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The Turley & Mara Law Firm, APLC

What To Do If You Have A Jones Act Injury

Find answers to your questions about the Jones Act, DBA, California workers’ compensation, or employment law. If you have more questions, contact us.

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  • How is a vessel defined under Jones Act law?

    Any American Owned Watercraft That Can be Used to Transport Goods or Passengers can be Considered a Jones Act Vessel.

    The Jones Act offers legal protection for maritime workers who are injured while in service to a Jones Act vessel. Among the most important of Jones Act protections is the right to directly sue an employer when injuries are caused by the employer’s negligence. Other workers do not have this right.

    To qualify as a Jones Act vessel, a vessel must be owned by an American individual or company.  For a maritime worker to be considered a Jones Act seaman, he must be the master or a member of a Jones Act vessel’s crew. How do you know if you work on a Jones Act vessel?

    There are many ways to work on the water. While it is easy to recognize a cruise ship or barge as being a vessel, it is harder to decide if an offshore drilling rig or floating dormitory meets that definition.   

    In 2005, the Supreme Court (Stewart v. Dutra Construction) determined that under the Jones Act, the definition of vessel may include “every description of Watercraft or other artificial contrivance used or capable of being used, as a means of transportation on water.”  This means that any watercraft that can be used to transport goods or passengers can be considered a Jones Act Vessel.

    Under this definition, it is easy to recognize cargo ships, supply boats, tankers, freighters, fishing boats, ferries, cruise ships, tugboats, and barges as vessels. But offshore drilling units, jack-up rigs, semi-submersible rigs, dredges, docks, and floating work platforms may also be considered vessels under some circumstances.

    The definition of a Jones Act vessel can be a deciding factor in determining the outcome of a Jones Act injury case. If you have any questions about whether you qualify for Jones Act protection, contact a California maritime lawyer.

     

     

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    Disclaimer: Please understand these discussions and/or examples are not legal advice. All legal situations are different. This testimonial, endorsement and/or discussion does not constitute a guarantee, warranty, or prediction regarding the outcome of your legal matter, your particular case/ situation and/or this particular case/ situation.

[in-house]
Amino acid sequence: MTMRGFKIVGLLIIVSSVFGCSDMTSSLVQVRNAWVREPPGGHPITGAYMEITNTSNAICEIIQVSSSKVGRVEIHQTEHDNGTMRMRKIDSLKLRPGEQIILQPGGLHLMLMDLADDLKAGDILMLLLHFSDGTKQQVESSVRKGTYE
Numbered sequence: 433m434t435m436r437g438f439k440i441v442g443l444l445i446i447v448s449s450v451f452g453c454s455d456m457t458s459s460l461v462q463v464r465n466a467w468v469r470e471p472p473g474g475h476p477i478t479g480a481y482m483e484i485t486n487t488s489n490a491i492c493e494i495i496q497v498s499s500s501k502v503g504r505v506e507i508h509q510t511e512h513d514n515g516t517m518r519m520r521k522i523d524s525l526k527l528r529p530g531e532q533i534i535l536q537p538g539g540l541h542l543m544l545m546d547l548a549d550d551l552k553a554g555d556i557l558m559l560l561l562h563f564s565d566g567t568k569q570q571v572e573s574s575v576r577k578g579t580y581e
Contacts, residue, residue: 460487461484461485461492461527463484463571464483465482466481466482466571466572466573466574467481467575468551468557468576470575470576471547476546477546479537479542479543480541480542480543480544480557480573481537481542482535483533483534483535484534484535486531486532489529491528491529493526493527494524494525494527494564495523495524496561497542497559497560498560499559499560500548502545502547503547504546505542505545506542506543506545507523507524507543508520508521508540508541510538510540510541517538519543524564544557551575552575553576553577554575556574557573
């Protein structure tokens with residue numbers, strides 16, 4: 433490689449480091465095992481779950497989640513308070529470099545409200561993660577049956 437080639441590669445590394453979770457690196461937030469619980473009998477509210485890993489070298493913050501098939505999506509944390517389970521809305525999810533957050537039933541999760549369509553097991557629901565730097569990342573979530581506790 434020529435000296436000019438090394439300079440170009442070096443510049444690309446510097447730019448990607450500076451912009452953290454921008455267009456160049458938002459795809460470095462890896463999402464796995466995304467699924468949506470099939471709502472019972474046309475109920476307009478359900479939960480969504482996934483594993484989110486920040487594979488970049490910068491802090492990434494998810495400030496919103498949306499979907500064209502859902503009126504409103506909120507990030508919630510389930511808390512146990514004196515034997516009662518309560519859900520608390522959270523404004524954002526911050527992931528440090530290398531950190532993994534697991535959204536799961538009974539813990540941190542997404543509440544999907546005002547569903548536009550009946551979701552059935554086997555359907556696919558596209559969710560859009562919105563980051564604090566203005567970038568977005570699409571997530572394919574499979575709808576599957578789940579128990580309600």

• What is meant by the term “navigable waters” when discussing Jones Act Law?

     

    The Jones Act covers any maritime worker or employee who spends more than 30 percent of his time in the service of a Jones Act vessel on a navigable waterway. In the past, federal courts have interpreted the term “navigable waterways” to include almost any large body of water. The Pacific Ocean and the Gulf of Mexico are considered navigable waterways, but so are California’s harbors, rivers and inland lakes.  

     

    Here is a list of navigable bodies of water in California:  

    • Pacific Ocean
    • San Francisco Bay
    • San Pedro Bay
    • Bodega Bay
    • Half Moon Bay
    • San Pablo Bay
    • Suisun Bay
    • Port of San Diego
    • Port of Los Angeles
    • Port of San Francisco
    • Port of Oakland
    • Port Hueneme
    • Port of Stockton
    • Port San Luis
    • Port of Redwood City
    • Port of Richmond
    • Port of West Sacramento
    • Port of Long Beach
    • Stockton Channel
    • Humboldt Bay Harbor
    • Oceanside Harbor
    • Newport Harbor
    • Santa Barbara Harbor
    • Morro Bay Harbor
    • Channel Islands Harbor
    • Dana Point Harbor
    • Avalon Harbor
    • Pillar Point Harbor
    • Santa Cruz Harbor
    • Moss Landing Harbor
    • Crescent City Harbor
    • Clipper Yacht Harbor
    • Marina del Rey Harbor
    • Ventura Harbor
    • Noyo Harbor
    • Wilmington Harbor
    • Santa Cruz
    • Alcatraz Wharf
    • Berkeley Marina
    • Sausalito Marina
    • Vallejo Marina
    • Porto Bodega Marina
    • Point Area Cove
    • Sacramento River
    • San Joaquin River
    • Colorado River
    • Klamath River
    • Sacramento-San Joaquin Delta
    • Lake Tahoe
    • Mono Lake
    • Clear Lake
    • Lake Shasta
    • Lake Almanlor
    • Lake Havasu
    • Lake Oroville
    • Trinity Lake
    • San Luis Reservoir

    Working on the water is very dangerous. Seamen face many of the same risks as land based workers: overexertion, repetitive motion injuries, slip-and-fall accidents, and dangers from falling objects. They also face unique risks. The Jones Act is a federal law that protects those who work on the water if they are injured while working. Unlike workers’ compensation, the Jones Act allows maritime workers to take action against negligent employers.

    If you have been injured while working on a passenger ship, cargo ship, oil tanker, tugboat, oil rig, fishing boat, barge, ferry, tour boat, or any other vessel that regularly travels the waters of California, you may be covered under Jones Act Law.  Find out more about your rights; contact the California Jones Act attorneys at The Turley & Mara Law Firm, APLC to schedule a free consultation.

     

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